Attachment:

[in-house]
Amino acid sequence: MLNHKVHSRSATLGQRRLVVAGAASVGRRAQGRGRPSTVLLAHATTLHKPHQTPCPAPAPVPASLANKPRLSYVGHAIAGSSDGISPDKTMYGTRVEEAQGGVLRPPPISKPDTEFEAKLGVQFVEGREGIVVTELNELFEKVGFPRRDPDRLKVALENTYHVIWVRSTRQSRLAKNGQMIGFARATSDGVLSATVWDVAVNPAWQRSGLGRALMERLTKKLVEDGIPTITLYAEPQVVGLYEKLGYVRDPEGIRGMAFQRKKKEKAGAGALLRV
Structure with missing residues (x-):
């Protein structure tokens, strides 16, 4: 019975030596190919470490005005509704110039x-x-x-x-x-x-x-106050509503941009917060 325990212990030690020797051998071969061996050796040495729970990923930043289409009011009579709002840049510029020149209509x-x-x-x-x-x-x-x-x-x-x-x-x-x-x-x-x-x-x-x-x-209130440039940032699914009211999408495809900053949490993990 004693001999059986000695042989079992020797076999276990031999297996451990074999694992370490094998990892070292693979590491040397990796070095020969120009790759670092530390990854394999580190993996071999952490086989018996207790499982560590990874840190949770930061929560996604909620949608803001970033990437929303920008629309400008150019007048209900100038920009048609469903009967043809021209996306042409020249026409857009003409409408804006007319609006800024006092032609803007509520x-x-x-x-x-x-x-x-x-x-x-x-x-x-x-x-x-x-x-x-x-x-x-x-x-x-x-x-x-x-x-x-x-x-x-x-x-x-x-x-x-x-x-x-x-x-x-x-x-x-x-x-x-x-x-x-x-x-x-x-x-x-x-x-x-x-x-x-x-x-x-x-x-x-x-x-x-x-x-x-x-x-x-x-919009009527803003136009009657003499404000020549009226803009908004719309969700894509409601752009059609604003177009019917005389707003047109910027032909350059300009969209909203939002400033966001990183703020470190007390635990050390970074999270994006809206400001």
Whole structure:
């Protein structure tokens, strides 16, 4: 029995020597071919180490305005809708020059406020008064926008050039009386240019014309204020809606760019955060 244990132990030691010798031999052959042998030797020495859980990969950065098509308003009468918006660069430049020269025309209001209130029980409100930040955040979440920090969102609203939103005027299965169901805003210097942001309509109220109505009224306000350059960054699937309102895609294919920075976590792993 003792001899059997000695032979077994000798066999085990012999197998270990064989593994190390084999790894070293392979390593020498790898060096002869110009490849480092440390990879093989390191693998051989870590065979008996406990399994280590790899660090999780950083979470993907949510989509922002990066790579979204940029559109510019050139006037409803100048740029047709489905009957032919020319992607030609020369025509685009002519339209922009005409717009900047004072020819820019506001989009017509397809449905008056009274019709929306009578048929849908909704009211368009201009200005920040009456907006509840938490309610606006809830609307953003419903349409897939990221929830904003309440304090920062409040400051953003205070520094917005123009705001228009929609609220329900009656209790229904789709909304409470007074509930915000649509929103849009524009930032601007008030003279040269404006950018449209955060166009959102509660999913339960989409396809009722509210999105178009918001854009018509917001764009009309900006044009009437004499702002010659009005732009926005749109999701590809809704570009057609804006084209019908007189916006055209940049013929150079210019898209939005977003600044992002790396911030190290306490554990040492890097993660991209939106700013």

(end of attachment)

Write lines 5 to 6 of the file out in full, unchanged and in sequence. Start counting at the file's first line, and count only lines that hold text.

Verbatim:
Whole structure:
């Protein structure tokens, strides 16, 4: 029995020597071919180490305005809708020059406020008064926008050039009386240019014309204020809606760019955060 244990132990030691010798031999052959042998030797020495859980990969950065098509308003009468918006660069430049020269025309209001209130029980409100930040955040979440920090969102609203939103005027299965169901805003210097942001309509109220109505009224306000350059960054699937309102895609294919920075976590792993 003792001899059997000695032979077994000798066999085990012999197998270990064989593994190390084999790894070293392979390593020498790898060096002869110009490849480092440390990879093989390191693998051989870590065979008996406990399994280590790899660090999780950083979470993907949510989509922002990066790579979204940029559109510019050139006037409803100048740029047709489905009957032919020319992607030609020369025509685009002519339209922009005409717009900047004072020819820019506001989009017509397809449905008056009274019709929306009578048929849908909704009211368009201009200005920040009456907006509840938490309610606006809830609307953003419903349409897939990221929830904003309440304090920062409040400051953003205070520094917005123009705001228009929609609220329900009656209790229904789709909304409470007074509930915000649509929103849009524009930032601007008030003279040269404006950018449209955060166009959102509660999913339960989409396809009722509210999105178009918001854009018509917001764009009309900006044009009437004499702002010659009005732009926005749109999701590809809704570009057609804006084209019908007189916006055209940049013929150079210019898209939005977003600044992002790396911030190290306490554990040492890097993660991209939106700013």